The ending stops after Lisa hugs Bomberman, with no scene of Black's castle crumbling. This also makes use of a sprite that the original game does not - see below.
This version also has a brand new staff roll, set against a starfield and newly composed music, crediting the PC-Engine original staff, and the conversion staff at Actionomics.
The game runs in 320x200, squashing the screen somewhat. The GT-link option is removed, as is the saving and loading function.
The HUD is displayed as a vertical sidebar, making the most of the space and meaning you have the exact same visiblity as you would on the PC Engine.
Bosses don't flash when they are hit, so there's no visual indicator that you are damaging them.
In addition to the omissions mentioned in the Amiga version, this version also truncates the intro cutscene (it fades out before Black Bomberman flies to his castle) and removes the staff roll entirely!
This version also uses newly composed music, replacing many of the original tracks for wholly new tunes.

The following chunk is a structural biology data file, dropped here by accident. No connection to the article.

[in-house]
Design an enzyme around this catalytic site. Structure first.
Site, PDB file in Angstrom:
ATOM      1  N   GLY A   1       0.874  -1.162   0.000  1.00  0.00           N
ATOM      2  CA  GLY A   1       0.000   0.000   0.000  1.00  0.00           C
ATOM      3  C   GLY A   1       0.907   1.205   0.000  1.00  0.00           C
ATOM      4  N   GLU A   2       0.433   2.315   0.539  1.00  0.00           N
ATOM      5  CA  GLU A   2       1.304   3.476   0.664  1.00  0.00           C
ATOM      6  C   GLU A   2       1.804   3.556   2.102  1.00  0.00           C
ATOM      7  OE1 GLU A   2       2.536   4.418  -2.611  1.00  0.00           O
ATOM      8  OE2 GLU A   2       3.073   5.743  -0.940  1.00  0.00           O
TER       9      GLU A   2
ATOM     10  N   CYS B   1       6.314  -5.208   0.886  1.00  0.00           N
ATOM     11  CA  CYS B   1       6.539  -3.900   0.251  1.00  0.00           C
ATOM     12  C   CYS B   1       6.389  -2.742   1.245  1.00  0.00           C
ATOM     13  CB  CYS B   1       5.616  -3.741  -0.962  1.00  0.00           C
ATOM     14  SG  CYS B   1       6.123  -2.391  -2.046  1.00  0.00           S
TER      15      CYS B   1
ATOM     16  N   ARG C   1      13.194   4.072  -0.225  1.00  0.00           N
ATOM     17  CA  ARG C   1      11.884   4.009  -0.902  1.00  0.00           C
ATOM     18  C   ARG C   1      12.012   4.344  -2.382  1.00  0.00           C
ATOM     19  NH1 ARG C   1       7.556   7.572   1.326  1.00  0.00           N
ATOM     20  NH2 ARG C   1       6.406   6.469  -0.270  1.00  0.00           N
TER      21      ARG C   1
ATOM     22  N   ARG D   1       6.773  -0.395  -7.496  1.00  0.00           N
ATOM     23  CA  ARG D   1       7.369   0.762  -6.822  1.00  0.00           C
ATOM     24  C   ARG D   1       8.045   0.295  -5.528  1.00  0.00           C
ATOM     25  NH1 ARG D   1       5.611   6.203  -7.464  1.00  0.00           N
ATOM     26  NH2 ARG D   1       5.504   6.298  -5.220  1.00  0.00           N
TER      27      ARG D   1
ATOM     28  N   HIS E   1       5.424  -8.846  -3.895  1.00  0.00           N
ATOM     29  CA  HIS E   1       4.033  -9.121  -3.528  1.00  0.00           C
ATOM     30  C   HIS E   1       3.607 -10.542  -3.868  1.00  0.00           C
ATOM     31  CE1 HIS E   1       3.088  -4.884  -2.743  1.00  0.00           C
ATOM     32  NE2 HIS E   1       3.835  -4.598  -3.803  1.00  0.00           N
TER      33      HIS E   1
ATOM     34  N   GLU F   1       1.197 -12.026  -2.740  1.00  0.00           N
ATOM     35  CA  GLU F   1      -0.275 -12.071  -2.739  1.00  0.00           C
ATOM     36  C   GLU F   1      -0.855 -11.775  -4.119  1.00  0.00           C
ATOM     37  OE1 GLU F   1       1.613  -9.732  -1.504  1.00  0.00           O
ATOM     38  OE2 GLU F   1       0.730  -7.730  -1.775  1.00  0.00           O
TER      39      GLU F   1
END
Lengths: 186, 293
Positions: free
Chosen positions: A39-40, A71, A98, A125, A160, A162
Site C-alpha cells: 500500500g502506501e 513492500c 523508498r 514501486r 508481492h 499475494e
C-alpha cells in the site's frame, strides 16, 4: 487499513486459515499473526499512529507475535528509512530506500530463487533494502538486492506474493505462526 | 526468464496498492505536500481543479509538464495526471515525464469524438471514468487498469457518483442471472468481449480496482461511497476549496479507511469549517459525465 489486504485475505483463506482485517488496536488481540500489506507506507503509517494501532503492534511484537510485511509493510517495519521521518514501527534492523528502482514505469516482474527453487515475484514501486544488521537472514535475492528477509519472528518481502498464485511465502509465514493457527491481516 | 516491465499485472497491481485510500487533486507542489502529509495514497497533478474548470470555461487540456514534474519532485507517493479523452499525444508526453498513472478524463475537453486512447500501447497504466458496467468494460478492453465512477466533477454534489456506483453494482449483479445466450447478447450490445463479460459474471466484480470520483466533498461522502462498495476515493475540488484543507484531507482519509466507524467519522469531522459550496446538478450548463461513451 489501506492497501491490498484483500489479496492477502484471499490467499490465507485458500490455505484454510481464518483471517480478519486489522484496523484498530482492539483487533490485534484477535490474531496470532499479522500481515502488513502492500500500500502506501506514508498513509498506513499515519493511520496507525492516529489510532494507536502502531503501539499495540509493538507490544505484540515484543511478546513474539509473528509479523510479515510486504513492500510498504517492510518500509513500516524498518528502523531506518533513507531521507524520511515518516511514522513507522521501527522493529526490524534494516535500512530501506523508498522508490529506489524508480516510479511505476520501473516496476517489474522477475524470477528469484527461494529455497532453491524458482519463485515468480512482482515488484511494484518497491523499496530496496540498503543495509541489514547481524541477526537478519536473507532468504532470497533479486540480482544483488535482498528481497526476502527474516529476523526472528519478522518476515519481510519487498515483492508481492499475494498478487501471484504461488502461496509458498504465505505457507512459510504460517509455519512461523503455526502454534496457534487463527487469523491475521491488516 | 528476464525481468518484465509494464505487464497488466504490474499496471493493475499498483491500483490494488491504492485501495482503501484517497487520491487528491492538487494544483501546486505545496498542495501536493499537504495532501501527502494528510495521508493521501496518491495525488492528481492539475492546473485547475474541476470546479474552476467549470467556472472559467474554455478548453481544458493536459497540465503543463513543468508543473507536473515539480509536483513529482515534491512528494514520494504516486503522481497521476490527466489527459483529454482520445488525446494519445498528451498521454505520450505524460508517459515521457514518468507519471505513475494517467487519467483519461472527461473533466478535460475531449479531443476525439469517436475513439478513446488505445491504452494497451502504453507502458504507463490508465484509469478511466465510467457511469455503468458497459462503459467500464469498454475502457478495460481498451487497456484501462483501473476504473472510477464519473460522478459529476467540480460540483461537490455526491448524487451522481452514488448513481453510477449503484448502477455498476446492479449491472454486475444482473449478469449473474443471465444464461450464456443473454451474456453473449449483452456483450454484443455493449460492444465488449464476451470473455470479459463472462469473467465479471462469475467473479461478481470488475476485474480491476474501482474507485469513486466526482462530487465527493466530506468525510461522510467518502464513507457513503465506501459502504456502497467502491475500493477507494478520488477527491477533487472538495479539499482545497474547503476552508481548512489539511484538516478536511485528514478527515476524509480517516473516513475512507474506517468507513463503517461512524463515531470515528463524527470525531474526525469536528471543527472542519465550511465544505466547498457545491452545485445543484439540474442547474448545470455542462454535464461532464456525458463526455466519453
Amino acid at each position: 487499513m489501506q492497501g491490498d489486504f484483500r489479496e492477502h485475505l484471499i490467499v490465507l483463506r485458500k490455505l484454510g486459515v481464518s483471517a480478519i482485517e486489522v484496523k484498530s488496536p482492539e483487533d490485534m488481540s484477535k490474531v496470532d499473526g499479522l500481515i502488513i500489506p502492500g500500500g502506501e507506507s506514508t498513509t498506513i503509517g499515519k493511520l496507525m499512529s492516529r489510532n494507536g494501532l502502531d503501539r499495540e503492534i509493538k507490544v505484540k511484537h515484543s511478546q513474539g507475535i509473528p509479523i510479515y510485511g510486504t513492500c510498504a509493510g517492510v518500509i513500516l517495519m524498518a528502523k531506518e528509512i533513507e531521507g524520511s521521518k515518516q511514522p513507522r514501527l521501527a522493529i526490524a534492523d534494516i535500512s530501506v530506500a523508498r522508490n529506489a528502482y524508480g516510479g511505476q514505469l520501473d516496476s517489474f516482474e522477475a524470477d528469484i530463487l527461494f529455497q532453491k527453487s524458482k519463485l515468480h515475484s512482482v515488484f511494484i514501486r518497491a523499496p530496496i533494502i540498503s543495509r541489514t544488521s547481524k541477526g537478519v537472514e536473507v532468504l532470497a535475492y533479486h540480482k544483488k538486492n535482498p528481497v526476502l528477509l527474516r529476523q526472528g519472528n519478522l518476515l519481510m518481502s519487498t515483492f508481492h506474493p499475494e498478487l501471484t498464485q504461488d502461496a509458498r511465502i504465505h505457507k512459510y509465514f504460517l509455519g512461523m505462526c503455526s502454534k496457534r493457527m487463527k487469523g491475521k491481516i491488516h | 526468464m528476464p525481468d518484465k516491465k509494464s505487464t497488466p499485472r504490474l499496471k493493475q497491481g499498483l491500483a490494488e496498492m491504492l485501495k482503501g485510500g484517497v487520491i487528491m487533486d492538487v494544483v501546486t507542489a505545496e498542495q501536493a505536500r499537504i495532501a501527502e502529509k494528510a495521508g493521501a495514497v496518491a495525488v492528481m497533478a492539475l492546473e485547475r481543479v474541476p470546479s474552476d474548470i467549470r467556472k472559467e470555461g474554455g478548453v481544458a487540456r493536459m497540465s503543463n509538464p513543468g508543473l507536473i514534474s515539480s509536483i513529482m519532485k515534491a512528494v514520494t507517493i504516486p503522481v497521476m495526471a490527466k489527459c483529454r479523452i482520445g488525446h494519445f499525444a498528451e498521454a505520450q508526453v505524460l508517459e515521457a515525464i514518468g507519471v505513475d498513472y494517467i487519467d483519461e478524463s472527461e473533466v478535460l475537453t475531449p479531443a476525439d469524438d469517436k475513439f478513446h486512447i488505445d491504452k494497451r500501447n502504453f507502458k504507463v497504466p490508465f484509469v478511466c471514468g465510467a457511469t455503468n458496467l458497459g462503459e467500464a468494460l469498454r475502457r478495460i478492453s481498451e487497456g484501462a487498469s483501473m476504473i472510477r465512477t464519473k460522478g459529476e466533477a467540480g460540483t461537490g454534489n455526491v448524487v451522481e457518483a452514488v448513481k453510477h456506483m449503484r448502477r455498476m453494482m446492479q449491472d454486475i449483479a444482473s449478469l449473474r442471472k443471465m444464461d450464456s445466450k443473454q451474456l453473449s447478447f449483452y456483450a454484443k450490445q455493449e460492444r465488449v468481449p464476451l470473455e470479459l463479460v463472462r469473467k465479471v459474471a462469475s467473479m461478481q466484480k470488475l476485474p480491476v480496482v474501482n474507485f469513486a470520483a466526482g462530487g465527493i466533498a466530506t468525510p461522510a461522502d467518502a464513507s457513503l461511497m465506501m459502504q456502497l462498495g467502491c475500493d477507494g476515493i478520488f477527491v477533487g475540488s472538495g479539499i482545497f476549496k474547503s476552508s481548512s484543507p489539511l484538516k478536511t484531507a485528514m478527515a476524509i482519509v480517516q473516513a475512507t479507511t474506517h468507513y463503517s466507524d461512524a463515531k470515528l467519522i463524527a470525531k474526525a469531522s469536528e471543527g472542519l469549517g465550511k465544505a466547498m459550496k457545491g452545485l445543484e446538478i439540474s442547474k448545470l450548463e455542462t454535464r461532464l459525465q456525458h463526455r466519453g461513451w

Found among Black Bomberman's ending graphics of him skidding to a halt. These sprites actually see use in the Amiga and Atari ST versions to segue between his running and begging animations.
Also, a really pedantic observation, but all of Black's ending graphics have a palette slot for his belt buckle, but it's coloured the same colour as the rest of his belt. Yeah. Impress your friends with that knowledge, buddy.
The sound test is home to several unused tracks, two of which wouldn't find a home until five years later!
Track 2D is a slowed-down remix of the Game Over theme that loops. Compare to the used version.
Track 36 is the first boss theme from Super Bomberman 3!
Track 37 is the second boss theme from Super Bomberman 3!
Track 38 is an extended remix of the Bomberman NES title theme.
Track 39 is an alternate death theme.